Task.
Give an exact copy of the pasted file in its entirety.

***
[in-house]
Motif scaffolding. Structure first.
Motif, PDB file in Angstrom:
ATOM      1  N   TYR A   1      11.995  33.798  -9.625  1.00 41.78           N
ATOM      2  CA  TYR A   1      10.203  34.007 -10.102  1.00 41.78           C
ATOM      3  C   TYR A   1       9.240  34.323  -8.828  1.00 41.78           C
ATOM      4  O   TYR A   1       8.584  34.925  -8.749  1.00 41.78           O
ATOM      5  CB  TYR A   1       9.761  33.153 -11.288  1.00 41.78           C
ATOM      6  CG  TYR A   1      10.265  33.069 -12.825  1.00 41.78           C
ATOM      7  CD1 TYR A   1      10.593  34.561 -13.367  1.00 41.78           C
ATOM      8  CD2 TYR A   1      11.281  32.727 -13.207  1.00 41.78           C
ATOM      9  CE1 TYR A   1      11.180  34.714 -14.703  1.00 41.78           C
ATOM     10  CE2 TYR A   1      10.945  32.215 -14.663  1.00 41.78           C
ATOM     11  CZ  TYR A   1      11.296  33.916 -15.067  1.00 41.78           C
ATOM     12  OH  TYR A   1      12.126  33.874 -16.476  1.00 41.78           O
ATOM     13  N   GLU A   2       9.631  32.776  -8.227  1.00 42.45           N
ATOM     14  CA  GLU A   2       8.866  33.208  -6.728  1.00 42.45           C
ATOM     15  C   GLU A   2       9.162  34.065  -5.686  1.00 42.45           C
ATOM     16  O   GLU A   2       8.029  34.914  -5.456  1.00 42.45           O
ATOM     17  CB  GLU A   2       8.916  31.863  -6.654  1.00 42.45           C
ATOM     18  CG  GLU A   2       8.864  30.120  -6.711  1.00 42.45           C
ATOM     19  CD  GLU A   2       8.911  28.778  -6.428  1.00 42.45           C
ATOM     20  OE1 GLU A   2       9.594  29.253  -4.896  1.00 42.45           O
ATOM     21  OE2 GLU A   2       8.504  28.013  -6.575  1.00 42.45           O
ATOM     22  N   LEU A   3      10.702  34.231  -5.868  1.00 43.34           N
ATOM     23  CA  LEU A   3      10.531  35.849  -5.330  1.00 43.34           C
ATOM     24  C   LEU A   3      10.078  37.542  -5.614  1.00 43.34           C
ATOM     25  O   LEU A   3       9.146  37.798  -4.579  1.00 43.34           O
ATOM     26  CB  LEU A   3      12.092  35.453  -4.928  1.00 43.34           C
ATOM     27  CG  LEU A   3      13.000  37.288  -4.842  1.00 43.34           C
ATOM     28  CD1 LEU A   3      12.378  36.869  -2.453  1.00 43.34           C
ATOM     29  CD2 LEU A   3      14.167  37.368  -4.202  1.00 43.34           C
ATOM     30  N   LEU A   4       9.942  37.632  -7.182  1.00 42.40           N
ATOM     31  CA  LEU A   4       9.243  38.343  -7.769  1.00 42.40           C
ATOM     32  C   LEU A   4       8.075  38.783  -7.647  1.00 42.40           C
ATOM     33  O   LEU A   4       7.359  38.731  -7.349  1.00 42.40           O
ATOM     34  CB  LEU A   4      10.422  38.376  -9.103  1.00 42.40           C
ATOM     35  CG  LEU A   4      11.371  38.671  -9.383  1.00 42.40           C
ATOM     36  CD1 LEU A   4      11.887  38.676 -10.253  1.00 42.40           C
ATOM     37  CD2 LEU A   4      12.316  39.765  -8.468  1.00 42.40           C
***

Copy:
[in-house]
Motif scaffolding. Structure first.
Motif, PDB file in Angstrom:
ATOM      1  N   TYR A   1      11.995  33.798  -9.625  1.00 41.78           N
ATOM      2  CA  TYR A   1      10.203  34.007 -10.102  1.00 41.78           C
ATOM      3  C   TYR A   1       9.240  34.323  -8.828  1.00 41.78           C
ATOM      4  O   TYR A   1       8.584  34.925  -8.749  1.00 41.78           O
ATOM      5  CB  TYR A   1       9.761  33.153 -11.288  1.00 41.78           C
ATOM      6  CG  TYR A   1      10.265  33.069 -12.825  1.00 41.78           C
ATOM      7  CD1 TYR A   1      10.593  34.561 -13.367  1.00 41.78           C
ATOM      8  CD2 TYR A   1      11.281  32.727 -13.207  1.00 41.78           C
ATOM      9  CE1 TYR A   1      11.180  34.714 -14.703  1.00 41.78           C
ATOM     10  CE2 TYR A   1      10.945  32.215 -14.663  1.00 41.78           C
ATOM     11  CZ  TYR A   1      11.296  33.916 -15.067  1.00 41.78           C
ATOM     12  OH  TYR A   1      12.126  33.874 -16.476  1.00 41.78           O
ATOM     13  N   GLU A   2       9.631  32.776  -8.227  1.00 42.45           N
ATOM     14  CA  GLU A   2       8.866  33.208  -6.728  1.00 42.45           C
ATOM     15  C   GLU A   2       9.162  34.065  -5.686  1.00 42.45           C
ATOM     16  O   GLU A   2       8.029  34.914  -5.456  1.00 42.45           O
ATOM     17  CB  GLU A   2       8.916  31.863  -6.654  1.00 42.45           C
ATOM     18  CG  GLU A   2       8.864  30.120  -6.711  1.00 42.45           C
ATOM     19  CD  GLU A   2       8.911  28.778  -6.428  1.00 42.45           C
ATOM     20  OE1 GLU A   2       9.594  29.253  -4.896  1.00 42.45           O
ATOM     21  OE2 GLU A   2       8.504  28.013  -6.575  1.00 42.45           O
ATOM     22  N   LEU A   3      10.702  34.231  -5.868  1.00 43.34           N
ATOM     23  CA  LEU A   3      10.531  35.849  -5.330  1.00 43.34           C
ATOM     24  C   LEU A   3      10.078  37.542  -5.614  1.00 43.34           C
ATOM     25  O   LEU A   3       9.146  37.798  -4.579  1.00 43.34           O
ATOM     26  CB  LEU A   3      12.092  35.453  -4.928  1.00 43.34           C
ATOM     27  CG  LEU A   3      13.000  37.288  -4.842  1.00 43.34           C
ATOM     28  CD1 LEU A   3      12.378  36.869  -2.453  1.00 43.34           C
ATOM     29  CD2 LEU A   3      14.167  37.368  -4.202  1.00 43.34           C
ATOM     30  N   LEU A   4       9.942  37.632  -7.182  1.00 42.40           N
ATOM     31  CA  LEU A   4       9.243  38.343  -7.769  1.00 42.40           C
ATOM     32  C   LEU A   4       8.075  38.783  -7.647  1.00 42.40           C
ATOM     33  O   LEU A   4       7.359  38.731  -7.349  1.00 42.40           O
ATOM     34  CB  LEU A   4      10.422  38.376  -9.103  1.00 42.40           C
ATOM     35  CG  LEU A   4      11.371  38.671  -9.383  1.00 42.40           C
ATOM     36  CD1 LEU A   4      11.887  38.676 -10.253  1.00 42.40           C
ATOM     37  CD2 LEU A   4      12.316  39.765  -8.468  1.00 42.40           C